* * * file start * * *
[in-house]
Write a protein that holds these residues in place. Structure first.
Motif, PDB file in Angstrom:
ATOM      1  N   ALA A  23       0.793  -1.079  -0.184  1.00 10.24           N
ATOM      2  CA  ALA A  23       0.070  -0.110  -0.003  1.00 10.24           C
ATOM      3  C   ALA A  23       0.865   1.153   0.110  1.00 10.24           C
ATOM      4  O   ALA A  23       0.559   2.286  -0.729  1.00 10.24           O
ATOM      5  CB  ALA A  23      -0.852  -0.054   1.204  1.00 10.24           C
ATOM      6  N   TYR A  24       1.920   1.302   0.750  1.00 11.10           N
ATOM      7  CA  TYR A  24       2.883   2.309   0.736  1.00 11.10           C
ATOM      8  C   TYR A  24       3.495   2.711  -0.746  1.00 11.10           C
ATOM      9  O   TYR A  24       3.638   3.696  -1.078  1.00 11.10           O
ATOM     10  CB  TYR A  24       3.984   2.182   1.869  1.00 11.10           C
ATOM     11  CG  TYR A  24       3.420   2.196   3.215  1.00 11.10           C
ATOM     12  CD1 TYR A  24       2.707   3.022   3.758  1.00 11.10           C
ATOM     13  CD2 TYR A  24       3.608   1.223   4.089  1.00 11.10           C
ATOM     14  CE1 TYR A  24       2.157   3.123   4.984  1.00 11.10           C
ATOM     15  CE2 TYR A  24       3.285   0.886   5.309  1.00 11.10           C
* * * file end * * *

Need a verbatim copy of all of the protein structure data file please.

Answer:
[in-house]
Write a protein that holds these residues in place. Structure first.
Motif, PDB file in Angstrom:
ATOM      1  N   ALA A  23       0.793  -1.079  -0.184  1.00 10.24           N
ATOM      2  CA  ALA A  23       0.070  -0.110  -0.003  1.00 10.24           C
ATOM      3  C   ALA A  23       0.865   1.153   0.110  1.00 10.24           C
ATOM      4  O   ALA A  23       0.559   2.286  -0.729  1.00 10.24           O
ATOM      5  CB  ALA A  23      -0.852  -0.054   1.204  1.00 10.24           C
ATOM      6  N   TYR A  24       1.920   1.302   0.750  1.00 11.10           N
ATOM      7  CA  TYR A  24       2.883   2.309   0.736  1.00 11.10           C
ATOM      8  C   TYR A  24       3.495   2.711  -0.746  1.00 11.10           C
ATOM      9  O   TYR A  24       3.638   3.696  -1.078  1.00 11.10           O
ATOM     10  CB  TYR A  24       3.984   2.182   1.869  1.00 11.10           C
ATOM     11  CG  TYR A  24       3.420   2.196   3.215  1.00 11.10           C
ATOM     12  CD1 TYR A  24       2.707   3.022   3.758  1.00 11.10           C
ATOM     13  CD2 TYR A  24       3.608   1.223   4.089  1.00 11.10           C
ATOM     14  CE1 TYR A  24       2.157   3.123   4.984  1.00 11.10           C
ATOM     15  CE2 TYR A  24       3.285   0.886   5.309  1.00 11.10           C